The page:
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How Does the Nicotine Patch Work?
Practically everyone is aware of the risks associated with smoking. In an effort to escape these threats, millions of people attempt to quit smoking each year. One of them most common methods used to help kick the habit is the nicotine patch. When applied on the skin, the patch delivers nicotine into the user's body. Generally, there are three types of patches that can be used, each providing a different dosing of nicotine (21 mg, 14 mg and 7 mg). Because the patch is designed to slowly curb a person's craving for nicotine, the user starts with a patch that contains more nicotine and then gradually moves to a smaller dosage.
How the Patch Helps You Quit
In order to select the appropriate patch type, it is important to first consider the amount of cigarettes you smoke each day. One cigarette delivers about one milligram of nicotine, so someone who smokes 30 cigarettes a day will crave less nicotine than someone who only smokes five, for example. Once the appropriate strength is selected, you will wear the patch for about six weeks (Step 1) before moving to the lower strength patch, which is usually worn for about two weeks (Step 2). Depending upon your previous smoking history, a third and final step may also be required. For example, if Joe smokes 20 cigarettes per day, then he should begin with the 21 mg patch. After wearing this patch for six weeks, he can move down to the 14 mg patch. The 14 mg patch will be worn for about two weeks, at which time he can finally move to the 7 mg patch. And after another two weeks, he can remove it completely, as his body should no longer crave nicotine now and he should not want to smoke a cigarette.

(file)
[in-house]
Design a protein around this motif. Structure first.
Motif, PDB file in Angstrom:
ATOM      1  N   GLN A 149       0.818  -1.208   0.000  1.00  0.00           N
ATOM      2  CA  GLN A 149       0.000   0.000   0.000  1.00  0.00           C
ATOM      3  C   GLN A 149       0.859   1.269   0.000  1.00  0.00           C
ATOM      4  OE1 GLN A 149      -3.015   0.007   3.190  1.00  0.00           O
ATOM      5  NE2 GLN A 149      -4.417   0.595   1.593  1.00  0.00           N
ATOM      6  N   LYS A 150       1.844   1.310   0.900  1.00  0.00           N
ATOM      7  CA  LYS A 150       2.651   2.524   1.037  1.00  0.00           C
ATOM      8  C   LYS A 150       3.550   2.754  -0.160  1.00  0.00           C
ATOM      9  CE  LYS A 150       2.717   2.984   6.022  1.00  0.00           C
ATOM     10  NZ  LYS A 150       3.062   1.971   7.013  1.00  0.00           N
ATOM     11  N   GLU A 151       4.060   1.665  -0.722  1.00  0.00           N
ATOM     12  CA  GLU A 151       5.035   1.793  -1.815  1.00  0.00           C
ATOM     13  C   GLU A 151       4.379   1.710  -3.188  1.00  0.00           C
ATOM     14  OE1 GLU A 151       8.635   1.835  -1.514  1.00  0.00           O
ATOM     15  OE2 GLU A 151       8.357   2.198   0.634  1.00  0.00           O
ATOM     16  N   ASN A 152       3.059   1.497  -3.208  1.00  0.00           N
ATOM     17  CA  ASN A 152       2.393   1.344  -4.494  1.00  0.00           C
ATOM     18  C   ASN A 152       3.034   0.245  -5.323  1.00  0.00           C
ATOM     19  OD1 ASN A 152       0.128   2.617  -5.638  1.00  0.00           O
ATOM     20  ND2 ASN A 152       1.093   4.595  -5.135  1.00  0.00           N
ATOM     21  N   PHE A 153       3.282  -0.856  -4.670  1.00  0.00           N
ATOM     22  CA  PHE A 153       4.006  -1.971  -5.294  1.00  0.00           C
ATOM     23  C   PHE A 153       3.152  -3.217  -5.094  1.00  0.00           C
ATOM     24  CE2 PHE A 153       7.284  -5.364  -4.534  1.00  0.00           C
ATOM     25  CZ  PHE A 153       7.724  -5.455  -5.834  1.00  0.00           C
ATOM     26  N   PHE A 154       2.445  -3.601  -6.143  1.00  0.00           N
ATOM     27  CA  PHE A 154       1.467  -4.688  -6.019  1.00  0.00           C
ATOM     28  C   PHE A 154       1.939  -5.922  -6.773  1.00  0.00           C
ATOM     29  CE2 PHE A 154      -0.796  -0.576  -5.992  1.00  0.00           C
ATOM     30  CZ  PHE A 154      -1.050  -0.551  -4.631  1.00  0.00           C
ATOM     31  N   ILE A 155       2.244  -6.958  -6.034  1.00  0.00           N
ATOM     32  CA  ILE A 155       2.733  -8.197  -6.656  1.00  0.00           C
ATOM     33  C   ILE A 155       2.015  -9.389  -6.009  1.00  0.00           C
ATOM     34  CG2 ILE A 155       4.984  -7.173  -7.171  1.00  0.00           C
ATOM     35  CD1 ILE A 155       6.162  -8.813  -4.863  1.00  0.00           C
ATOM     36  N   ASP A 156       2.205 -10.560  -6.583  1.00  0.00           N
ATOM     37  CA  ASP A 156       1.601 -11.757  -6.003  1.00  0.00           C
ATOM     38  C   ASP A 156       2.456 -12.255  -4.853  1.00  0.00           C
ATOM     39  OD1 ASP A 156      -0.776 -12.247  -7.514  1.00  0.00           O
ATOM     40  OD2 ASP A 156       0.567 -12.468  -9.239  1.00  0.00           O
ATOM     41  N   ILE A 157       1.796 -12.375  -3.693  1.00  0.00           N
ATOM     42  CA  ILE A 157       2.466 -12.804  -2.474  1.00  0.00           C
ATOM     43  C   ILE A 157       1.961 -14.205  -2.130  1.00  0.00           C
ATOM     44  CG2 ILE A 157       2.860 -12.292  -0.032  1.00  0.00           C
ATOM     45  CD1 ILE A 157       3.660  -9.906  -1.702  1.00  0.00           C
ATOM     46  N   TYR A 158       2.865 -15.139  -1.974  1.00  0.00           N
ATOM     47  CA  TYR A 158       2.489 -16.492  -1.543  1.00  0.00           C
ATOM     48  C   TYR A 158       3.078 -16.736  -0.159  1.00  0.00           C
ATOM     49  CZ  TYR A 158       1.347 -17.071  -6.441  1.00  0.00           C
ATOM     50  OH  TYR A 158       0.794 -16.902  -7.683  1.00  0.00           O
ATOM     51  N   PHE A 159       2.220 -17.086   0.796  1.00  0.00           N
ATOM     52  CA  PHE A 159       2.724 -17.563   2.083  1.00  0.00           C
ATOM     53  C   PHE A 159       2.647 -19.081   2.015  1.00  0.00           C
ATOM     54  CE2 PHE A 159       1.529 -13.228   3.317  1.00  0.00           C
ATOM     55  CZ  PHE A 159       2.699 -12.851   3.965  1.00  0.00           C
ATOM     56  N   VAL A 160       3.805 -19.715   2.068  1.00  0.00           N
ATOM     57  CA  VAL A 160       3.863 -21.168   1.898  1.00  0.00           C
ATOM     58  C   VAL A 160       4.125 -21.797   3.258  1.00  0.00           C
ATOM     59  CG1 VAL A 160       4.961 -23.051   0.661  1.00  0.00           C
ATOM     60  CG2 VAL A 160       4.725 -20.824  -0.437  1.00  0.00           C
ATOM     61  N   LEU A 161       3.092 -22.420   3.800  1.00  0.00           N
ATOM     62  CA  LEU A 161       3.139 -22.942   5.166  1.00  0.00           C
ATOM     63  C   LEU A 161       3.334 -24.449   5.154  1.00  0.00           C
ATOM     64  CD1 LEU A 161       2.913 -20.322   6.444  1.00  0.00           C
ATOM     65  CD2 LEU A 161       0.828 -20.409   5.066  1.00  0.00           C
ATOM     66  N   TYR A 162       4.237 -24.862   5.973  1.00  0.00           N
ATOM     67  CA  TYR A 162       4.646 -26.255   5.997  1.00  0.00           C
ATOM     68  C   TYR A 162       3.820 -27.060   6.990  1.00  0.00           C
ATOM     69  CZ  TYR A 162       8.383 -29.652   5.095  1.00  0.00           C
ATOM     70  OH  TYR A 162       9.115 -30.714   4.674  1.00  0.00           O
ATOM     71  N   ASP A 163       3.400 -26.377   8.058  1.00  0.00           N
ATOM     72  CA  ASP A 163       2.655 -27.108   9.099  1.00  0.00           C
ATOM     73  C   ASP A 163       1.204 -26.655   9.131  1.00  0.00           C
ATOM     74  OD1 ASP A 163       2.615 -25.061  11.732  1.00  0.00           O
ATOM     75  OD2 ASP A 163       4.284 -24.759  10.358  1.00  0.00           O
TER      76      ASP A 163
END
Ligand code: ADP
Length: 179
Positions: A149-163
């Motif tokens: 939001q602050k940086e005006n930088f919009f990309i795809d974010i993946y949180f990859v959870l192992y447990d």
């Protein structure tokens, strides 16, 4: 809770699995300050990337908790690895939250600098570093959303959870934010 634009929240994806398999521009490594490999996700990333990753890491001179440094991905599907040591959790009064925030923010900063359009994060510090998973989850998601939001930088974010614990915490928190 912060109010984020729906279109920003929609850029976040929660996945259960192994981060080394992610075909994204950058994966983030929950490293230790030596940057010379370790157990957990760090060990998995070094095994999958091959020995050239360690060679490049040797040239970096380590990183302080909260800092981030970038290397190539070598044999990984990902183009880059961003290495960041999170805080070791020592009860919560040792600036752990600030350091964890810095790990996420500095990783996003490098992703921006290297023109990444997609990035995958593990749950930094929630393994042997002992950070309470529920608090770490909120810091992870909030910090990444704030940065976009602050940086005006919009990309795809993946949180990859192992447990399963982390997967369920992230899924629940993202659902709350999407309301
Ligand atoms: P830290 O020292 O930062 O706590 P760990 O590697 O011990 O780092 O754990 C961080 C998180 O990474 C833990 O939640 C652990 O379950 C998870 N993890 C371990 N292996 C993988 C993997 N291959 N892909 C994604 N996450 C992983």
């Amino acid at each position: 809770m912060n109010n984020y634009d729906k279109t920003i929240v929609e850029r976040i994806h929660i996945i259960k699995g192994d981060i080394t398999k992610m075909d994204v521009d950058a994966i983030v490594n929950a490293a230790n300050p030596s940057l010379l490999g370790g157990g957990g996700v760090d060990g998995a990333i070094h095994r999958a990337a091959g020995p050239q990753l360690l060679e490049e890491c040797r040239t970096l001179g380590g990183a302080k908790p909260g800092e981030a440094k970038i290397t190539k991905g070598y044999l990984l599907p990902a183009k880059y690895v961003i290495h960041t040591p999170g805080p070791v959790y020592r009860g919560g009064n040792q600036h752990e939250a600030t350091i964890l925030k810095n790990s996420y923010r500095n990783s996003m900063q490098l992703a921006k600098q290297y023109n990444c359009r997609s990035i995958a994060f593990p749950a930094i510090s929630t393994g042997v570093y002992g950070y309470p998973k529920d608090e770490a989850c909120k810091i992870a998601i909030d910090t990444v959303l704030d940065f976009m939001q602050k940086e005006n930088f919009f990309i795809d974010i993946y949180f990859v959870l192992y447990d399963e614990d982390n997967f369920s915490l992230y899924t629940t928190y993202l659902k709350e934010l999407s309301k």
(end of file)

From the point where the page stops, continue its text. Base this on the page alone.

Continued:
Warnings and Precautions
Of course, in order for the nicotine patch to work, you must truly want to quit smoking. Although patches can help you stop, they are not magic--you still need motivation and willpower. It is also important to carefully follow the directions that come with the patch. For example, you should not smoke while you're wearing the patch--this not only defeats the purpose of wearing it, but it also can lead to nicotine overdose. Additionally, you should apply a fresh patch each day--never reuse the same one. Because the nicotine is steadily delivered to your body throughout the day, you'll also want to keep the patch on for the entire day (16 to 24 hours). Although you can sleep with the patch on, one of the potential side effects of the nicotine patch is nightmares, so you may want to remove it before bed. Other side effects include headache, upset stomach, itching and burning at the patch site, vomiting and diarrhoea. While these side effects may be uncomfortable, they should not be severe and should subside within a few days of wearing the patch.
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